Dragonflies belong to the order Odonata, derived from the Greek meaning “toothed-jaw.” Odonata as a taxonomic order of class Insecta is divided into two suborders: damselflies (Zygoptera) and dragonflies (Anisoptera). Dragonflies and damselflies are closely related but show some physical differences. Damselflies are much smaller in body size and are more delicately structured; dragonflies are larger, swift-flying insects with voracious appetites. Another distinguishing feature is the difference in which the two groups position their wings when at rest. Dragonflies hold their wings outstretched at right angles to their body while damselflies fold their wings roof-like together, parallel to the body. There are many taxonomic divisions further along until we finally get to the individual species, but on the whole dragonflies and damselflies together are known as dragonflies, or in scientific language Odonata.
Adult dragonflies are among Saskatchewan’s most beautiful insects. Since they fly only during daylight times, the sun accentuates the colours of their bodies and their beautifully patterned wings when they hover or fly. Saskatchewan has a variety of aquatic environments ranging from alkaline lakes, sloughs and rivers, to acidic boreal bogs, fens and ponds. While large in extent, the range of wetlands in Saskatchewan is relatively low in diversity; therefore the species diversity of dragonflies is also low: the province has sixty-eight species of Odonata—twenty-two species of damselflies and forty-six species of dragonflies—as compared to approximately 650 species for the rest of North America. However, in this large area of wetlands, Saskatchewan’s low diversity is countered by the sheer volume of dragonflies on the wing. These all-important wetlands are where the dragonfly’s life begins and ends, and where most of their activities take place.
Dragonflies are strong fliers because the flight muscles are directly attached to four individual net-veined wings. This individual wing attachment is found in only a few groups of insects. Dragonflies have mastered the use of their muscled wings and they are able to hover, fly backwards and go from a full-stop position to rapid speeds almost instantly. Dragonflies have had a very long time to evolve such specialized flying techniques, considering that their fossil records go back over 300 million years to the Carboniferous Period.
Dragonflies begin their life cycle as “nymphs.” When hatched, these nymphs are squat, flattened, gill-breathing creatures that crawl in aquatic vegetation, mud or sand. They may stay in this nymph stage from one to five years. When the nymphs are ready to transform into adults, they pick a lily pad, a tall cat-tail plant or other object to crawl out of the water, and then shed their final outer exoskeleton and become fully winged adults. This process takes several hours to complete, and as dragonflies are very prone to dangers at this time, they usually emerge at night or in the early morning.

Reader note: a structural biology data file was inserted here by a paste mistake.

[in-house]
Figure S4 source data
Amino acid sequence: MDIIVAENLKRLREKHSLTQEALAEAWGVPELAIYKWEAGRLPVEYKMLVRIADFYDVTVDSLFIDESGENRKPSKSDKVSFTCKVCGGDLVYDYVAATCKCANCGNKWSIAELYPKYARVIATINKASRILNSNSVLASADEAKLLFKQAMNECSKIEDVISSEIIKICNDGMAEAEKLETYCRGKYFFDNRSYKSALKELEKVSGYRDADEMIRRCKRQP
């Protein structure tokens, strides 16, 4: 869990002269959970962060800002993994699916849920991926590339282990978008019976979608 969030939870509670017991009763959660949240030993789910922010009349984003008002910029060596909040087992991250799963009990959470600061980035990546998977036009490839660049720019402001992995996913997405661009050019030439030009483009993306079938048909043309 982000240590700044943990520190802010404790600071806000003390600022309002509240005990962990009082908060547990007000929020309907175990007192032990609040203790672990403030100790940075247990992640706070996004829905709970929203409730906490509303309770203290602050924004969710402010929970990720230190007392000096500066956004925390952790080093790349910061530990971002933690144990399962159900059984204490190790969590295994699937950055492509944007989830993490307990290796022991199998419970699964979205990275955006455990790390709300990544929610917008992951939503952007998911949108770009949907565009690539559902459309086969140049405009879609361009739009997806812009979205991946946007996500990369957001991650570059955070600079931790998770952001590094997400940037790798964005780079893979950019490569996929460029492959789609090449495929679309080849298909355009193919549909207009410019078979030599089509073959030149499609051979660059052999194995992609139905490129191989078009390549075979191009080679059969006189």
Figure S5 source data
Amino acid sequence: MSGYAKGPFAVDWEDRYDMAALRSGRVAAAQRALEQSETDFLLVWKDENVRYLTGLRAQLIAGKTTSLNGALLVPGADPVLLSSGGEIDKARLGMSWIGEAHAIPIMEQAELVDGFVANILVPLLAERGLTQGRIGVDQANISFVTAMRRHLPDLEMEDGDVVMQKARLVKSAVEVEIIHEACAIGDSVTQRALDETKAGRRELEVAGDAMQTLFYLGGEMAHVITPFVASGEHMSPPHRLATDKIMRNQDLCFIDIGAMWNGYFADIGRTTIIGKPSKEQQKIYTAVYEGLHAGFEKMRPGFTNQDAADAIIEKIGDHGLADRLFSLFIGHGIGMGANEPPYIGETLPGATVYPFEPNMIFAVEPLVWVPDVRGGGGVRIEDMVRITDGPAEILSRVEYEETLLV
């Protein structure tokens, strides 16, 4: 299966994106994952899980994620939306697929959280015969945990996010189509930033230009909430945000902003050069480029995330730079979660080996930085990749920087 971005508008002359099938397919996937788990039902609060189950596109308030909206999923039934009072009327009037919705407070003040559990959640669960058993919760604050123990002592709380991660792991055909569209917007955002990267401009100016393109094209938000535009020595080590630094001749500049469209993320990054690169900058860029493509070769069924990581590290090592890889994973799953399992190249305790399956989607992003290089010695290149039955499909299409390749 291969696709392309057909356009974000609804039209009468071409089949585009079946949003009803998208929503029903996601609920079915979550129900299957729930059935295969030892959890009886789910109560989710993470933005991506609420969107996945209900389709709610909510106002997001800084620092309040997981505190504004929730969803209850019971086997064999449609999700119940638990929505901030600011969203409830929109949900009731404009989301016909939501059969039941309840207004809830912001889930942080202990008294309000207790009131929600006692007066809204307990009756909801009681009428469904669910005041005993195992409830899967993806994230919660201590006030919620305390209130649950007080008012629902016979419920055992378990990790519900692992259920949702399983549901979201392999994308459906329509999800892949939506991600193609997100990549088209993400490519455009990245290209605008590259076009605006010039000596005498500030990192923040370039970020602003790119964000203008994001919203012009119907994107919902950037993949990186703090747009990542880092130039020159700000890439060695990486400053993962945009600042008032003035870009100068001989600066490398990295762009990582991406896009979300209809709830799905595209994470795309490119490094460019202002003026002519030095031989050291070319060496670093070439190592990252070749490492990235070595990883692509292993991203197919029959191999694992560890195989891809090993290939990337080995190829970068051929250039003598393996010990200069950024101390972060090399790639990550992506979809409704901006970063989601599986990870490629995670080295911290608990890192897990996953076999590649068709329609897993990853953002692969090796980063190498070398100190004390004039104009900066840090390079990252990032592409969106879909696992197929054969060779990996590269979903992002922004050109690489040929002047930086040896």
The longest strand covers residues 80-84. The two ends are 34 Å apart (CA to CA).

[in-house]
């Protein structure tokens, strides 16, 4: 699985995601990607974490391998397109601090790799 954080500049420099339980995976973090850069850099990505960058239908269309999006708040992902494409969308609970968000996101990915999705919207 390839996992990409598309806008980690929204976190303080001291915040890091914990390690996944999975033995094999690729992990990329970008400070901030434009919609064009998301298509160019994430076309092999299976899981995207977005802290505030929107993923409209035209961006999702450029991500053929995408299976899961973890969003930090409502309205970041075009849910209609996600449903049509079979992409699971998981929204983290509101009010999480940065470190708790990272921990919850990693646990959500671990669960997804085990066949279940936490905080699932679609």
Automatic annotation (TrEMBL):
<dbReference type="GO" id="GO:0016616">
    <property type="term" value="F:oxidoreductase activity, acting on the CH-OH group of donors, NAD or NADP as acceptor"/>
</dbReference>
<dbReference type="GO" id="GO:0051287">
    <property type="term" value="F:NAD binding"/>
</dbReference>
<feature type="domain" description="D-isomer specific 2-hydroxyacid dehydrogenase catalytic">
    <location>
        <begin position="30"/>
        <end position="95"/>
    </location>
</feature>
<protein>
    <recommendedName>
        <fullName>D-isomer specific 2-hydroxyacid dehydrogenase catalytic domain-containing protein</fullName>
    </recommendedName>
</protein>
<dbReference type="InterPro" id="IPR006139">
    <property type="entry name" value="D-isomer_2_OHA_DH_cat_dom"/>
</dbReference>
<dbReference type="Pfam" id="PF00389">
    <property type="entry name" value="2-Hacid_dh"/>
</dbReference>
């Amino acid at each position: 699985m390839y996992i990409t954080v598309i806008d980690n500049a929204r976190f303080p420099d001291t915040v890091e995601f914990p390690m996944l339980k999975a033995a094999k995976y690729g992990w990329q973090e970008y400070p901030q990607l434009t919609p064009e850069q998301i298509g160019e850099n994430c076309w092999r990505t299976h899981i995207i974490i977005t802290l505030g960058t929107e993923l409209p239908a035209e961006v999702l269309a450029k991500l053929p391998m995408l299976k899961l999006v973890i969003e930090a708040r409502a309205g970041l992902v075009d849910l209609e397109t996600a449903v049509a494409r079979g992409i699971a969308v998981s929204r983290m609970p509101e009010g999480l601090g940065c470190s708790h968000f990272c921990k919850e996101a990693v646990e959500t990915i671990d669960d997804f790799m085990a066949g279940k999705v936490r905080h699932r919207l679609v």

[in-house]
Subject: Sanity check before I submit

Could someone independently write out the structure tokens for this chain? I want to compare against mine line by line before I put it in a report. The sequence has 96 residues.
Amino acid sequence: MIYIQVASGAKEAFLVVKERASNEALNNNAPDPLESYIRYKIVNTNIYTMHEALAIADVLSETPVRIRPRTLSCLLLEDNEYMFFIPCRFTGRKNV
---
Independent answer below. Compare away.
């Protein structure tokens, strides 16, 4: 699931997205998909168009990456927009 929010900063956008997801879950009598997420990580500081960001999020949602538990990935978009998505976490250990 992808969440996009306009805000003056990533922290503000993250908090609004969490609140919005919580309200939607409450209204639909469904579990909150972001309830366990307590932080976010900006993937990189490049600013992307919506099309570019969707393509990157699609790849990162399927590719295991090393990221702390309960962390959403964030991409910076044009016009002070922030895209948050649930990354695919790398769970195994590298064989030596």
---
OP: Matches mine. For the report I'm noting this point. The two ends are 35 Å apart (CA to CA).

Once their wings have hardened enough to support flight, they take to the air with their newly found aerial freedom. As they grow, they shed their skin ten to fifteen times; these stages are called “instars.” The nymphs feed on all types of aquatic invertebrates including tadpoles and small fish, which may be done by either ambushing or stalking their prey. Even as nymphs, these “swimming dragons” possess deadly equipment for capturing their prey: they are endowed with an extendible lower toothed lip that shoots out, grasps, and then retracts the prey back to awaiting jaws.
Dragonflies are very beneficial to humans as they feed upon mosquitoes, black flies, and other blood-sucking insects usually found at fresh water sites; but these “dragons of the airways” are not discriminatory in their taste and are known to feed on other beneficial insects, including each other. After spending years as mud-crawling nymphs, they may last only days before being eaten by birds or smashed on vehicle windshields; but if they are able to continue on their own, they may last up to six or eight weeks, patrolling over wet lands or hawking over nearby open fields. The males patrol the shores of these waters in anticipation of finding a receptive female to mate with and renew the cycle once again. The females stay away from the water except to oviposit their eggs and to mate, never actively patrolling near aquatic environments.